What does “Extra” jam mean? And how does it differ from marmalade or jelly?
Has a fruit content of at least 45% (exceptions include black currants and rose hips, for which the fruit content must be at least 35%).
Marmalade is only made from citrus fruits. Because of the intense flavour of citrus fruits, the minimum fruit content in this case is just 20%. Fruit peel may also be included.
Furthermore, if the fruit content reaches at least 35%, then the product may be called a jam, and it may be labelled an “Extra” jam if it reaches 45%.
In contrast to jam, jelly is only made from juice or concentrated fruit juice. Here, the fruit content allows us to distinguish between jelly and “Extra” jelly.
The products listed must have a total sugar content, i.e. fruit sugars and added sugars, of at least 55%.
The addition of colourings, flavourings and preservatives to jams is prohibited in Germany. The only exceptions are low-sugar products, as they contain less sugar which normally preserves the shelf life of jam.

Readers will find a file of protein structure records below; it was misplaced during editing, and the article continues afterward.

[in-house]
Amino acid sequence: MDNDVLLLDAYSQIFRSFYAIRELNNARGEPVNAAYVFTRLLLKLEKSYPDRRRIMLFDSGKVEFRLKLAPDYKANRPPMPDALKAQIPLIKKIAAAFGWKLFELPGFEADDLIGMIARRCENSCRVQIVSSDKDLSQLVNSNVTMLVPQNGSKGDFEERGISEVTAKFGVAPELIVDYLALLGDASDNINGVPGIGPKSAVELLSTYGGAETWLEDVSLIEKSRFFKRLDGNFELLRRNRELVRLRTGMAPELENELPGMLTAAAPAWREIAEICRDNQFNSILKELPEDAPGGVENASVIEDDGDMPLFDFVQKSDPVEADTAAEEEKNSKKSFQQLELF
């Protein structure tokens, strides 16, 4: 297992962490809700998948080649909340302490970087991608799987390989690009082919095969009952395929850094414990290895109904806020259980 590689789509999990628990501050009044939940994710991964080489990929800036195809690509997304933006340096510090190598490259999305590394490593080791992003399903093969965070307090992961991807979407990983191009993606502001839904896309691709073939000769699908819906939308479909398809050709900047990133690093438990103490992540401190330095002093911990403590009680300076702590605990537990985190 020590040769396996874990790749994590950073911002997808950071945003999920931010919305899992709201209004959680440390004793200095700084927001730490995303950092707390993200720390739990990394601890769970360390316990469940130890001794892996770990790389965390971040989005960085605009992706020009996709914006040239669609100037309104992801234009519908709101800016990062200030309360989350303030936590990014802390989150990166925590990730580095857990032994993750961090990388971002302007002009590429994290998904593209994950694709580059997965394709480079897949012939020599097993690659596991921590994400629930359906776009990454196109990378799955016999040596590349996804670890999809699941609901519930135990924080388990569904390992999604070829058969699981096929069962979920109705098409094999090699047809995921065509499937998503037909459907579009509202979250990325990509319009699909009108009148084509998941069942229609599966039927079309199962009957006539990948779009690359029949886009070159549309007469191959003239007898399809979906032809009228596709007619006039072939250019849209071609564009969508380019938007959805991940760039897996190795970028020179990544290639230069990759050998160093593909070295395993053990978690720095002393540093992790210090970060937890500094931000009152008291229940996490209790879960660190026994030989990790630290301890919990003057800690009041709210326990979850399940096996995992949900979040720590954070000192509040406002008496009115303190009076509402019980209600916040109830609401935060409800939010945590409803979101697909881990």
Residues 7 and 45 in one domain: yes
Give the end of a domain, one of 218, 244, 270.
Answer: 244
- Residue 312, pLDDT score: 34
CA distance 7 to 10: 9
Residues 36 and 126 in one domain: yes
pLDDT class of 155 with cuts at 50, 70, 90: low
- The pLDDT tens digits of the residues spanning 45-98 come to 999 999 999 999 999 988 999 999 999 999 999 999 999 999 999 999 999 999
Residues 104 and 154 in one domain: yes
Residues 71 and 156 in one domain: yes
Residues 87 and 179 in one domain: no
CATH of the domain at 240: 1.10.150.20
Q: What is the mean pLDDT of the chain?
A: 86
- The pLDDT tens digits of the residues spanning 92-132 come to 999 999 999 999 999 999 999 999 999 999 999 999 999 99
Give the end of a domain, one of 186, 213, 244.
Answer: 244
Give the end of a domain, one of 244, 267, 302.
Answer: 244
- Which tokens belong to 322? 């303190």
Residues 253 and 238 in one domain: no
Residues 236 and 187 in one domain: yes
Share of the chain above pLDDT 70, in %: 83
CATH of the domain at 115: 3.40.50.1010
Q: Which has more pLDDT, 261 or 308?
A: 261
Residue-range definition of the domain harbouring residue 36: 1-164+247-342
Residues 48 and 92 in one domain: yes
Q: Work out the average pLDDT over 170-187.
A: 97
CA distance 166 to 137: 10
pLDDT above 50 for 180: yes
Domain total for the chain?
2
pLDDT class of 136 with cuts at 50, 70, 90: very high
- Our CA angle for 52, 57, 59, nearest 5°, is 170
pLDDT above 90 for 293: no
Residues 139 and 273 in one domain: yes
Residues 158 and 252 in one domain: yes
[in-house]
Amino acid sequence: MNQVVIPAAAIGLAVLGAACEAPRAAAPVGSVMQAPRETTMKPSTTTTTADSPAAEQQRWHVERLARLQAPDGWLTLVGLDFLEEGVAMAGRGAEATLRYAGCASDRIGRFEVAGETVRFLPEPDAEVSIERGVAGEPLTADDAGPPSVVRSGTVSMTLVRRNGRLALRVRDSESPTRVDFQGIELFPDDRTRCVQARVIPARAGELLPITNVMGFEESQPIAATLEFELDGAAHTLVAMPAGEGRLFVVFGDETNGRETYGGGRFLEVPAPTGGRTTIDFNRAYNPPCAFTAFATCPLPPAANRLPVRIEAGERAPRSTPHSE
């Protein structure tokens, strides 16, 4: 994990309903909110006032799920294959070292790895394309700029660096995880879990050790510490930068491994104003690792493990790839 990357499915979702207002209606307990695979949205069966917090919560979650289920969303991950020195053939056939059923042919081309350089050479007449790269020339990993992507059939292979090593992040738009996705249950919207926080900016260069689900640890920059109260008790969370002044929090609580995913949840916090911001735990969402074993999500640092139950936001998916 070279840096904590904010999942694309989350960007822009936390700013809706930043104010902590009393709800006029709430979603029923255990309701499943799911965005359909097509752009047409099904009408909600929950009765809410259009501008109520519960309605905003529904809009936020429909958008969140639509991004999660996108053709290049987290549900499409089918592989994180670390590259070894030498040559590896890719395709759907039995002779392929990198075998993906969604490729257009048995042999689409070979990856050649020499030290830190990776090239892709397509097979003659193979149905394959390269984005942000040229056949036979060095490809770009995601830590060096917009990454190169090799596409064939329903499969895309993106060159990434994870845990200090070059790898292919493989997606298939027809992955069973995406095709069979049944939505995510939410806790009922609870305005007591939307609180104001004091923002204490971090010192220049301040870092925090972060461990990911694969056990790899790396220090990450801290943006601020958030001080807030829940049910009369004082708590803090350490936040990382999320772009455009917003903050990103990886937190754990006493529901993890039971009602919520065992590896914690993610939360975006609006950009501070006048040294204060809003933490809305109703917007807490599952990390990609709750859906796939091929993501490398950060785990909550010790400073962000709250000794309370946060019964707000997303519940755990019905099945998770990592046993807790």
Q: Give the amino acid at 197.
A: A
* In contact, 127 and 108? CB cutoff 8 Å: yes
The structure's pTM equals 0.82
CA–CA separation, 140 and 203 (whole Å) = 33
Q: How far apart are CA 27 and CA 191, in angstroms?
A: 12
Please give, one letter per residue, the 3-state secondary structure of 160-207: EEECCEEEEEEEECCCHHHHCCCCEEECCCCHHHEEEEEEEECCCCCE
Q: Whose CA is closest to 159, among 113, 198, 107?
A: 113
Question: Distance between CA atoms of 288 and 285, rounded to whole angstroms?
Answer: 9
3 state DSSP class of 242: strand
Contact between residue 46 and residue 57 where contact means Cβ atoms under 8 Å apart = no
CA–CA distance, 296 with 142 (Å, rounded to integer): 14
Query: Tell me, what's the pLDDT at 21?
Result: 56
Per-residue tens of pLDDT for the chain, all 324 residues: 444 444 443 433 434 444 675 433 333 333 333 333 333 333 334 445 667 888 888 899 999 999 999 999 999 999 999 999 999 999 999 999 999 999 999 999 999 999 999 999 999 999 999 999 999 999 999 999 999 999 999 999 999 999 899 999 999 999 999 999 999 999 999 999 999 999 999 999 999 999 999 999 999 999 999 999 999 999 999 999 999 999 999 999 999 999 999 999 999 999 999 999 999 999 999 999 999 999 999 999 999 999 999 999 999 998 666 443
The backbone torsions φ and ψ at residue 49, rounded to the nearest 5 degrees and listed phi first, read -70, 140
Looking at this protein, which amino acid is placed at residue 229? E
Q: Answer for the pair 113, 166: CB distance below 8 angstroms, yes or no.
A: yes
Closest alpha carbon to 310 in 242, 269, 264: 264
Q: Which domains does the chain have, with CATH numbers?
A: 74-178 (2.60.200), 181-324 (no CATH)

Fruity spreads are not as strictly regulated with regard to their ingredients. Most have a higher fruit content and a lower overall sugar content.
Although this may look like a positive on first glance, there is also a downside: the lower sugar content means that these products spoil at a much quicker rate, i.e. go mouldy. Unfortunately, mould only becomes detectable when it has developed to an advanced stage.
We find that it is better to add a little more sugar, thereby guaranteeing a “safe” product, than to put our customers at risk of consuming mould in its early stages of growth.